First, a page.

The gladiolus is an easy-to-grow flower, especially valued for use in floral arrangements. Gladioli produce tall spikes of large blossoms, in a rainbow of colors. Only clear, true blue is missing; white, pink, red, purple, yellow, orange, salmon, and even green gladioli are available, along with many bi-colors. “Glads” grow from corms (bulb-like structures) that are not winter-hardy in Minnesota. They must either be dug in September and stored until planting time the following May, or replaced annually. Some gladiolus experts recommend treating them as annuals because you are more likely to get large, healthy blooms each year that way, and you don’t have to fuss with storing them.
Caring for Bouquets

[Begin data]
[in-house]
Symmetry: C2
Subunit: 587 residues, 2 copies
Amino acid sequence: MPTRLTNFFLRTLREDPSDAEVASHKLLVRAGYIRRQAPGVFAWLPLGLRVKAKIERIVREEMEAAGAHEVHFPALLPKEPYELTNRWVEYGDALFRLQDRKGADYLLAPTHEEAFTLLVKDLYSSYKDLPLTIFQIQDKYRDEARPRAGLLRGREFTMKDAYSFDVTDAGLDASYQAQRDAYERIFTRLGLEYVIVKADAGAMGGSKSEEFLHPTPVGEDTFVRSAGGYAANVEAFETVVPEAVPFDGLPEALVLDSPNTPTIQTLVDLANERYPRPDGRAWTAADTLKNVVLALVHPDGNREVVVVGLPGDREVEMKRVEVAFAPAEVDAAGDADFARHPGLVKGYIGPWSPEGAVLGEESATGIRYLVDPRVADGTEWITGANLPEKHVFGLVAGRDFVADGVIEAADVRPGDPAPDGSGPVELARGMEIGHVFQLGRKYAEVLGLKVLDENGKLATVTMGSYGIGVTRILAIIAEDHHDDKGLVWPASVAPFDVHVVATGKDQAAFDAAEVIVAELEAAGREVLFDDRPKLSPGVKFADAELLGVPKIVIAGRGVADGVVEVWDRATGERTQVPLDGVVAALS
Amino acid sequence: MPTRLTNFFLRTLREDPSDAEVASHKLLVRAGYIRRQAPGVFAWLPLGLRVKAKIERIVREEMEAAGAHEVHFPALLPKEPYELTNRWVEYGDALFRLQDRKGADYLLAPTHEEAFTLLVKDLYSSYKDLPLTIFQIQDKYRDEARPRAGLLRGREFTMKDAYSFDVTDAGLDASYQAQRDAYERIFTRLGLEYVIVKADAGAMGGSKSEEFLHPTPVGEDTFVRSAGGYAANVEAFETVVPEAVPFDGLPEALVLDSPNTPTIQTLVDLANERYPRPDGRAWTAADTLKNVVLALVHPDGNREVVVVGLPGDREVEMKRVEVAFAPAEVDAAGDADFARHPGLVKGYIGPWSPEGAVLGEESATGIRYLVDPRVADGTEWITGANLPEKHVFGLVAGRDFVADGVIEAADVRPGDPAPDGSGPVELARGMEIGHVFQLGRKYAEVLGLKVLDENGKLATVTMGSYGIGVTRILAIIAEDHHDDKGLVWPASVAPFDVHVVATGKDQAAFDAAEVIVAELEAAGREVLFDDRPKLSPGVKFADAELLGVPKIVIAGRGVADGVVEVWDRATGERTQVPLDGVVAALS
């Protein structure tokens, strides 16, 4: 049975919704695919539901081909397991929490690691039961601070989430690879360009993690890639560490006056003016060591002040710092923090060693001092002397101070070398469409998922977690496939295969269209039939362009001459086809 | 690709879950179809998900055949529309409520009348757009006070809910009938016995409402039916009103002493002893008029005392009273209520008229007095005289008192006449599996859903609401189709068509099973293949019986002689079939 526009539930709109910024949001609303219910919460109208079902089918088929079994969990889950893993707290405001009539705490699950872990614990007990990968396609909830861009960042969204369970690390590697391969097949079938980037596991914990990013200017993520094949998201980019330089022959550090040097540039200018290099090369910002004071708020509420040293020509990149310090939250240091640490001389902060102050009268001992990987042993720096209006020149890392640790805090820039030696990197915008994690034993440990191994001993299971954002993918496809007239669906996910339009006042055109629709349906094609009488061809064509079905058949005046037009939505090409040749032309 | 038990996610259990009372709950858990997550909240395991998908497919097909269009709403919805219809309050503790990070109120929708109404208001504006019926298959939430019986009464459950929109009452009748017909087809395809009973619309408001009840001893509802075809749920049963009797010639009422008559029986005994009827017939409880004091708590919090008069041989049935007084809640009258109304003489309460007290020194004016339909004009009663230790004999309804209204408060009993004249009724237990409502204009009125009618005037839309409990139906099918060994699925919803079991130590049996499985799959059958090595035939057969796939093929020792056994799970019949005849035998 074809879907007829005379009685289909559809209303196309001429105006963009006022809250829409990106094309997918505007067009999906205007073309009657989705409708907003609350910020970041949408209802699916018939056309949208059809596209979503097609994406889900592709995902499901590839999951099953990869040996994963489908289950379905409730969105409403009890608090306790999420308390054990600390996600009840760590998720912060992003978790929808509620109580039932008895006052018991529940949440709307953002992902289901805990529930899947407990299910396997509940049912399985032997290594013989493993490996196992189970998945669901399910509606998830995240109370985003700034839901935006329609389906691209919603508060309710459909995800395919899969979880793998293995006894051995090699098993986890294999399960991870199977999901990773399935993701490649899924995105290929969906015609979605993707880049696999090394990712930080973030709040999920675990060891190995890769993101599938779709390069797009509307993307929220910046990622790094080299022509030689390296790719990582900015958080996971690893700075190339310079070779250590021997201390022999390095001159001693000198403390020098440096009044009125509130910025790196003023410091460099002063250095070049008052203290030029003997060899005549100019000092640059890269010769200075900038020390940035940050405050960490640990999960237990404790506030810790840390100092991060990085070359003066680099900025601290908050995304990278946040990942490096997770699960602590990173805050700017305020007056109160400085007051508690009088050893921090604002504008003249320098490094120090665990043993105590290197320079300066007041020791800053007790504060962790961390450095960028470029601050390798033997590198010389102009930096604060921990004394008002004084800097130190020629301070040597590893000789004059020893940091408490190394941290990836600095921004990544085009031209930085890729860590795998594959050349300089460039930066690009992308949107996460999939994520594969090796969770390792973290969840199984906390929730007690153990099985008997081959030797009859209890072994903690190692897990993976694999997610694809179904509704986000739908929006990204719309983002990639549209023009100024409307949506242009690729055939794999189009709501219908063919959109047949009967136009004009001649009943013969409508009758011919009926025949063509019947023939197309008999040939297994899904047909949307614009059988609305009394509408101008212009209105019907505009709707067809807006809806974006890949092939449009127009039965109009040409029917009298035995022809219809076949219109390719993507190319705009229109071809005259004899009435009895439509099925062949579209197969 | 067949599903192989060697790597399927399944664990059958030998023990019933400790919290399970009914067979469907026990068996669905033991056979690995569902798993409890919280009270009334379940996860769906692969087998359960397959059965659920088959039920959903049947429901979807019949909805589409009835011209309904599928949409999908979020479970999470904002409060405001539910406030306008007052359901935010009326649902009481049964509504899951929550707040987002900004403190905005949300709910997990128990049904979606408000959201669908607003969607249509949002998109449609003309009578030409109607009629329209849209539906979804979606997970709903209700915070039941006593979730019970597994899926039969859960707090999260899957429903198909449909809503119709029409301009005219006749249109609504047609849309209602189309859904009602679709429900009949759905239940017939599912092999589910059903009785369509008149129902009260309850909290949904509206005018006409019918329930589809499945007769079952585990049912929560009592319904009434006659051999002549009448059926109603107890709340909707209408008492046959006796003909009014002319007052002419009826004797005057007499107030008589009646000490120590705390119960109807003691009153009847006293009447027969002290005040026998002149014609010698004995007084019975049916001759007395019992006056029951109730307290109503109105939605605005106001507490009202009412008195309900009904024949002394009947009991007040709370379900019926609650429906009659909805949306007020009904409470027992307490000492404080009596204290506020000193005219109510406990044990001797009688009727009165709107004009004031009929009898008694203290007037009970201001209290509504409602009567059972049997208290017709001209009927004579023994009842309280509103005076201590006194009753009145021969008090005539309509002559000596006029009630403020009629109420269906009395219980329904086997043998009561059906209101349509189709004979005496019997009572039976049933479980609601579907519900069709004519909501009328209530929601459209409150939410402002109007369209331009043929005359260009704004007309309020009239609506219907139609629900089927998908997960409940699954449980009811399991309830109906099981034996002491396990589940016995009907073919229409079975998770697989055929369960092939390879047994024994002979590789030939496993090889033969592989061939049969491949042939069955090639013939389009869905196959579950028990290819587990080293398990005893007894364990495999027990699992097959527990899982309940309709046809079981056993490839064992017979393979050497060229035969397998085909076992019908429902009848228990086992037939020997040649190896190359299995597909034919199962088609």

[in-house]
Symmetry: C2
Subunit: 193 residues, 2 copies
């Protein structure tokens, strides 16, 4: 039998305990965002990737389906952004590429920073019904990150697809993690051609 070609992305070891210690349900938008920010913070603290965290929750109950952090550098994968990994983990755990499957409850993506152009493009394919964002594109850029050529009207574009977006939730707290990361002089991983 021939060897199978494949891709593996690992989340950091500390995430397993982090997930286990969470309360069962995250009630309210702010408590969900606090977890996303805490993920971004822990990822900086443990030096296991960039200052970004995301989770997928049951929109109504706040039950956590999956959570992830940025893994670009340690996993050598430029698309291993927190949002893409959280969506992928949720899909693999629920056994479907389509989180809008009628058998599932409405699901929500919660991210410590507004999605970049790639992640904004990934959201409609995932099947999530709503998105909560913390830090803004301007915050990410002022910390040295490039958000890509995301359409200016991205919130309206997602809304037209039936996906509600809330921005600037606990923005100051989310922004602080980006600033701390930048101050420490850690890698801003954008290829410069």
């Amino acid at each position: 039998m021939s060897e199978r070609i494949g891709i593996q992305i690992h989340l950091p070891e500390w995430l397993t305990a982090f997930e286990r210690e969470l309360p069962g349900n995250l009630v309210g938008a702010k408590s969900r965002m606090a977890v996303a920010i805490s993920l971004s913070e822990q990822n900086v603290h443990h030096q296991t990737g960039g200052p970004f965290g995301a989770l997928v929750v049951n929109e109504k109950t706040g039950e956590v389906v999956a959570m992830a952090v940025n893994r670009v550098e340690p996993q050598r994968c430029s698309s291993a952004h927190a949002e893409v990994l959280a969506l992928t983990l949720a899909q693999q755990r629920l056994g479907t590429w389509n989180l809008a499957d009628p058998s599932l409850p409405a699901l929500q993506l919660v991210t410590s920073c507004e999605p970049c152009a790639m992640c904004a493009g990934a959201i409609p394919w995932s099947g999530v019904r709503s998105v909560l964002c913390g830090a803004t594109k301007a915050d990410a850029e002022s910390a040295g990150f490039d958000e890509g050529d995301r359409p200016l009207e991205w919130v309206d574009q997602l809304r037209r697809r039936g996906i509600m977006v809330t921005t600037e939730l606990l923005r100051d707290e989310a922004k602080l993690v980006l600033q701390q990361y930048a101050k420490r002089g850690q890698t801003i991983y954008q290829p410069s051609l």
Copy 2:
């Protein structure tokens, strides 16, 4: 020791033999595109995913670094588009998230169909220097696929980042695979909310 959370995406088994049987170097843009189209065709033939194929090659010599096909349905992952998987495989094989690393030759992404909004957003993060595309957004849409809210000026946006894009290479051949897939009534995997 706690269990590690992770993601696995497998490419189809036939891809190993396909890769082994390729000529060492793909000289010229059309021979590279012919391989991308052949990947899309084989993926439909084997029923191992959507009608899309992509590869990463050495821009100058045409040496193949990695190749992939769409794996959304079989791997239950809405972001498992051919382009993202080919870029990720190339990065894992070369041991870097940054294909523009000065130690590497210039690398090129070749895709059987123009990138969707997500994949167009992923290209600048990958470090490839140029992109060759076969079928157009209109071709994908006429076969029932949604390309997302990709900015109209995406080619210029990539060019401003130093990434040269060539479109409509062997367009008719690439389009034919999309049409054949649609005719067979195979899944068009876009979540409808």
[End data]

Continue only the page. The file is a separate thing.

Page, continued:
Bring a sharp knife or florist’s shears and a tall bucket of lukewarm water to the garden with you. Cut the flower spikes first thing in the morning or at night, not during the heat of day. Cut spikes with only one, two, or possibly three flowers open; the rest will open in order, up the spike. Allow at least four leaves to remain on the plant if you wish to re-use the corms. Cut diagonally through the stalk and place it in the lukewarm water immediately. Once you’ve collected all the glads you want cut, put the bucket in a cool, dark place for a few hours so the blooms “harden off”. Use floral preservative in the vase water before arranging the glads. As lower flowers fade, nip them off. Cut about an inch of stem off the bottom of each spike every few days.